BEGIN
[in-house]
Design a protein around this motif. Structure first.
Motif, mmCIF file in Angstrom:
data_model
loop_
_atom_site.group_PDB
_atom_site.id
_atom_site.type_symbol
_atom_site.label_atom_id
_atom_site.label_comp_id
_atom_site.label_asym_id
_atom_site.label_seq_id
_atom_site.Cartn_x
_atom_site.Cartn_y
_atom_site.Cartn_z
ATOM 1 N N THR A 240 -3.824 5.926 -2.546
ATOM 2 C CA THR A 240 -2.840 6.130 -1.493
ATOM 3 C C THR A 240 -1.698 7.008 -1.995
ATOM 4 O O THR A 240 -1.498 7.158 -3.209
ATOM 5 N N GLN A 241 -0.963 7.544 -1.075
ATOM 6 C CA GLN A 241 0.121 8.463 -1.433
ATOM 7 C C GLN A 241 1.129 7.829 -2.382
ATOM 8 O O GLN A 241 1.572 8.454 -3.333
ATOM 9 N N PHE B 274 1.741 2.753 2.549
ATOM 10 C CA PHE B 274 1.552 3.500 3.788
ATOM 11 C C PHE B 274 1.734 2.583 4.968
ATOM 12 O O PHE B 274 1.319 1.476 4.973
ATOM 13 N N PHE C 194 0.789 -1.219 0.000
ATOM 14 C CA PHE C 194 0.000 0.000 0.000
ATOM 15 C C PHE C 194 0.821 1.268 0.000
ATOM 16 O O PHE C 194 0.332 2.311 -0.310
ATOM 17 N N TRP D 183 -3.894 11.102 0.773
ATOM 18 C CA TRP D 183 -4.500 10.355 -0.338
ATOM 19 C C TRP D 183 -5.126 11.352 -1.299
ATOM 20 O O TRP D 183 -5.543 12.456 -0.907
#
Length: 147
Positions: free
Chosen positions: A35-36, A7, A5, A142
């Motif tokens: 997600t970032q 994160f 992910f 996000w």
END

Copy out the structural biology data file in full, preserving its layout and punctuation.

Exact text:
[in-house]
Design a protein around this motif. Structure first.
Motif, mmCIF file in Angstrom:
data_model
loop_
_atom_site.group_PDB
_atom_site.id
_atom_site.type_symbol
_atom_site.label_atom_id
_atom_site.label_comp_id
_atom_site.label_asym_id
_atom_site.label_seq_id
_atom_site.Cartn_x
_atom_site.Cartn_y
_atom_site.Cartn_z
ATOM 1 N N THR A 240 -3.824 5.926 -2.546
ATOM 2 C CA THR A 240 -2.840 6.130 -1.493
ATOM 3 C C THR A 240 -1.698 7.008 -1.995
ATOM 4 O O THR A 240 -1.498 7.158 -3.209
ATOM 5 N N GLN A 241 -0.963 7.544 -1.075
ATOM 6 C CA GLN A 241 0.121 8.463 -1.433
ATOM 7 C C GLN A 241 1.129 7.829 -2.382
ATOM 8 O O GLN A 241 1.572 8.454 -3.333
ATOM 9 N N PHE B 274 1.741 2.753 2.549
ATOM 10 C CA PHE B 274 1.552 3.500 3.788
ATOM 11 C C PHE B 274 1.734 2.583 4.968
ATOM 12 O O PHE B 274 1.319 1.476 4.973
ATOM 13 N N PHE C 194 0.789 -1.219 0.000
ATOM 14 C CA PHE C 194 0.000 0.000 0.000
ATOM 15 C C PHE C 194 0.821 1.268 0.000
ATOM 16 O O PHE C 194 0.332 2.311 -0.310
ATOM 17 N N TRP D 183 -3.894 11.102 0.773
ATOM 18 C CA TRP D 183 -4.500 10.355 -0.338
ATOM 19 C C TRP D 183 -5.126 11.352 -1.299
ATOM 20 O O TRP D 183 -5.543 12.456 -0.907
#
Length: 147
Positions: free
Chosen positions: A35-36, A7, A5, A142
């Motif tokens: 997600t970032q 994160f 992910f 996000w």